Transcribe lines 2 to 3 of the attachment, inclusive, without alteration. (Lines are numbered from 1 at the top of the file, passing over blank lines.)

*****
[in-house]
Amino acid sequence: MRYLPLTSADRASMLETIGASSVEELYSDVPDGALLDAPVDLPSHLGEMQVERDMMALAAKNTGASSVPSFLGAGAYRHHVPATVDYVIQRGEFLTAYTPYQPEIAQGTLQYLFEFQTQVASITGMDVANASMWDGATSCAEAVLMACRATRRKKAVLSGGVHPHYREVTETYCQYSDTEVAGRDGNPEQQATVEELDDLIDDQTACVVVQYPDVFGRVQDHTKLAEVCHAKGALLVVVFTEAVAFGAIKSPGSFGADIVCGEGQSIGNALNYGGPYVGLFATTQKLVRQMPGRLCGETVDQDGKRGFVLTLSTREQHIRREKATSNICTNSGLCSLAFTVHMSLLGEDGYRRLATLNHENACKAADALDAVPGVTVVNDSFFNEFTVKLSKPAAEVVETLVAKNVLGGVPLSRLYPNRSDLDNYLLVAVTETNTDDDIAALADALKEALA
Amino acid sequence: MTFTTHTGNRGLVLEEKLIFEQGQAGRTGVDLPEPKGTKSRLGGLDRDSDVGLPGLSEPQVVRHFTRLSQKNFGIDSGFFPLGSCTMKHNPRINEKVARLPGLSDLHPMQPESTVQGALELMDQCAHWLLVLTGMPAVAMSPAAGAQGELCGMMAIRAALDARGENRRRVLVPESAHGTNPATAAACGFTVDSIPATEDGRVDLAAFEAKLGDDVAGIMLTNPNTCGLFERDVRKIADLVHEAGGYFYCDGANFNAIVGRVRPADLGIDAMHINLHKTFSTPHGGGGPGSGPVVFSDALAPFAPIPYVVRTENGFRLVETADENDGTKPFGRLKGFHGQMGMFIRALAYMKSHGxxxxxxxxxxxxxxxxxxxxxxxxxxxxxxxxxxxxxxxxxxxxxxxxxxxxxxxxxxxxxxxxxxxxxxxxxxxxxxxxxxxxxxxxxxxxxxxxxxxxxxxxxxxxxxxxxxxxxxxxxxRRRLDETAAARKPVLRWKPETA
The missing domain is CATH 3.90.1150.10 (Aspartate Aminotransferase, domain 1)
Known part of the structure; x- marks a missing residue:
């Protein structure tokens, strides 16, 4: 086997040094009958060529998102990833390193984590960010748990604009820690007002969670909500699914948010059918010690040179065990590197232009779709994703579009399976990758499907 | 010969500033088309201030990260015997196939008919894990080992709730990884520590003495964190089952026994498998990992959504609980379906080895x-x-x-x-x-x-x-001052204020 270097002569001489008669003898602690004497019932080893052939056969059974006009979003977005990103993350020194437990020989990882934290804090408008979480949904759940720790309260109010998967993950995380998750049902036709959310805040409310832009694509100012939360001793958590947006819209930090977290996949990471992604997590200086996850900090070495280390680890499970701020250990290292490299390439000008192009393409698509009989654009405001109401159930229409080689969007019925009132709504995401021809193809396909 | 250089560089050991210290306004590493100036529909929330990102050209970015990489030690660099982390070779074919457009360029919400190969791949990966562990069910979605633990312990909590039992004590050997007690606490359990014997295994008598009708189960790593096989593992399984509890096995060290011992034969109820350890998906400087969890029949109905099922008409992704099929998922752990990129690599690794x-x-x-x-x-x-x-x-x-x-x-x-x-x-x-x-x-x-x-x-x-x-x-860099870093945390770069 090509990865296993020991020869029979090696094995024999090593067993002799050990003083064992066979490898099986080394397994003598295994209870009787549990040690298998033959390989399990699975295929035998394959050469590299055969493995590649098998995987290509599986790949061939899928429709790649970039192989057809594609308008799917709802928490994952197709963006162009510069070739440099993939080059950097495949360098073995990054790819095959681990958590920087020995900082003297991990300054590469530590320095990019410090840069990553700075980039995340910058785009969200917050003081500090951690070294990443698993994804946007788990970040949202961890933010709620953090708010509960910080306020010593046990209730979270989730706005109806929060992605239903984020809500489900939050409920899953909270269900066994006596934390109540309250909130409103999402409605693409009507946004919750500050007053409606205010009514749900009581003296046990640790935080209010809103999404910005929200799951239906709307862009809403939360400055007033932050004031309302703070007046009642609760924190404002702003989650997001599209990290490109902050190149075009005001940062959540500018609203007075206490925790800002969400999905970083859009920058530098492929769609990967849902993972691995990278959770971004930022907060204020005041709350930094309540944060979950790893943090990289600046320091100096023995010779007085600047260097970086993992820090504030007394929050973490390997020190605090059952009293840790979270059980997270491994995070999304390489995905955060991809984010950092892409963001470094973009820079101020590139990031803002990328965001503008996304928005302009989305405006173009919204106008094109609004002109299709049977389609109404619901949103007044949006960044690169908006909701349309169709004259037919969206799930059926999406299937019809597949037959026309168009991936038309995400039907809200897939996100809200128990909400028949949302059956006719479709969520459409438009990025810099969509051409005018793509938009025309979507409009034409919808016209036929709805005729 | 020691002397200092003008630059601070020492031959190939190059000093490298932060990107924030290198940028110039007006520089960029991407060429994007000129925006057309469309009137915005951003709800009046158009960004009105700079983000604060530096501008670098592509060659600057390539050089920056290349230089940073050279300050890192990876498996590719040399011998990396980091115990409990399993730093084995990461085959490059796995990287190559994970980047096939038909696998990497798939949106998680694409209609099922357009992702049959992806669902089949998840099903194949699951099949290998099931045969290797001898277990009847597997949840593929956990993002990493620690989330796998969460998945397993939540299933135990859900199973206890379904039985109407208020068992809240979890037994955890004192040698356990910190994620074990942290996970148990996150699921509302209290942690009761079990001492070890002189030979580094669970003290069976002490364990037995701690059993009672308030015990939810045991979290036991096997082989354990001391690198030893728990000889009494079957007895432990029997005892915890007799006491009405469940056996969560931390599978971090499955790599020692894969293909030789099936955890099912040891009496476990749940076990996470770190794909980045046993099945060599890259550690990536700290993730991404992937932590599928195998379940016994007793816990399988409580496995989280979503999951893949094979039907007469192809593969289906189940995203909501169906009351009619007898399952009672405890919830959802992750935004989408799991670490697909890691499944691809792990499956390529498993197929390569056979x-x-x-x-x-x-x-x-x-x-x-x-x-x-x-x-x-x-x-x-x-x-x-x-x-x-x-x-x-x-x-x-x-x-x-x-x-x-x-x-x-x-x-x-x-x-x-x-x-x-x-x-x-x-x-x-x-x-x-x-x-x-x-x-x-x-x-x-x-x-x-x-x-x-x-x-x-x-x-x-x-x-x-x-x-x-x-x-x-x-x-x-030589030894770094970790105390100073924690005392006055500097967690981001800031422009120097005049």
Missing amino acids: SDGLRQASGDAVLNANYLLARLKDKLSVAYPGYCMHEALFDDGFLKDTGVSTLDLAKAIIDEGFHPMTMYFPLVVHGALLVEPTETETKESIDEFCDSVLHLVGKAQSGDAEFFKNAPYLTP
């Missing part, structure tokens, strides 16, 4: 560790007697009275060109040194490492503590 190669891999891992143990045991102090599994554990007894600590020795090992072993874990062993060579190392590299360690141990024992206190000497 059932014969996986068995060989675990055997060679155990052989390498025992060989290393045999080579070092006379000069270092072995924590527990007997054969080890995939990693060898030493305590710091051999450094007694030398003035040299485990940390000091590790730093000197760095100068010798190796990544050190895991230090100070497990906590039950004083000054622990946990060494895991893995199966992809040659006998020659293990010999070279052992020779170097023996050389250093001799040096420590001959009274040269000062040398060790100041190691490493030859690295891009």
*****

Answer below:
Amino acid sequence: MRYLPLTSADRASMLETIGASSVEELYSDVPDGALLDAPVDLPSHLGEMQVERDMMALAAKNTGASSVPSFLGAGAYRHHVPATVDYVIQRGEFLTAYTPYQPEIAQGTLQYLFEFQTQVASITGMDVANASMWDGATSCAEAVLMACRATRRKKAVLSGGVHPHYREVTETYCQYSDTEVAGRDGNPEQQATVEELDDLIDDQTACVVVQYPDVFGRVQDHTKLAEVCHAKGALLVVVFTEAVAFGAIKSPGSFGADIVCGEGQSIGNALNYGGPYVGLFATTQKLVRQMPGRLCGETVDQDGKRGFVLTLSTREQHIRREKATSNICTNSGLCSLAFTVHMSLLGEDGYRRLATLNHENACKAADALDAVPGVTVVNDSFFNEFTVKLSKPAAEVVETLVAKNVLGGVPLSRLYPNRSDLDNYLLVAVTETNTDDDIAALADALKEALA
Amino acid sequence: MTFTTHTGNRGLVLEEKLIFEQGQAGRTGVDLPEPKGTKSRLGGLDRDSDVGLPGLSEPQVVRHFTRLSQKNFGIDSGFFPLGSCTMKHNPRINEKVARLPGLSDLHPMQPESTVQGALELMDQCAHWLLVLTGMPAVAMSPAAGAQGELCGMMAIRAALDARGENRRRVLVPESAHGTNPATAAACGFTVDSIPATEDGRVDLAAFEAKLGDDVAGIMLTNPNTCGLFERDVRKIADLVHEAGGYFYCDGANFNAIVGRVRPADLGIDAMHINLHKTFSTPHGGGGPGSGPVVFSDALAPFAPIPYVVRTENGFRLVETADENDGTKPFGRLKGFHGQMGMFIRALAYMKSHGxxxxxxxxxxxxxxxxxxxxxxxxxxxxxxxxxxxxxxxxxxxxxxxxxxxxxxxxxxxxxxxxxxxxxxxxxxxxxxxxxxxxxxxxxxxxxxxxxxxxxxxxxxxxxxxxxxxxxxxxxxRRRLDETAAARKPVLRWKPETA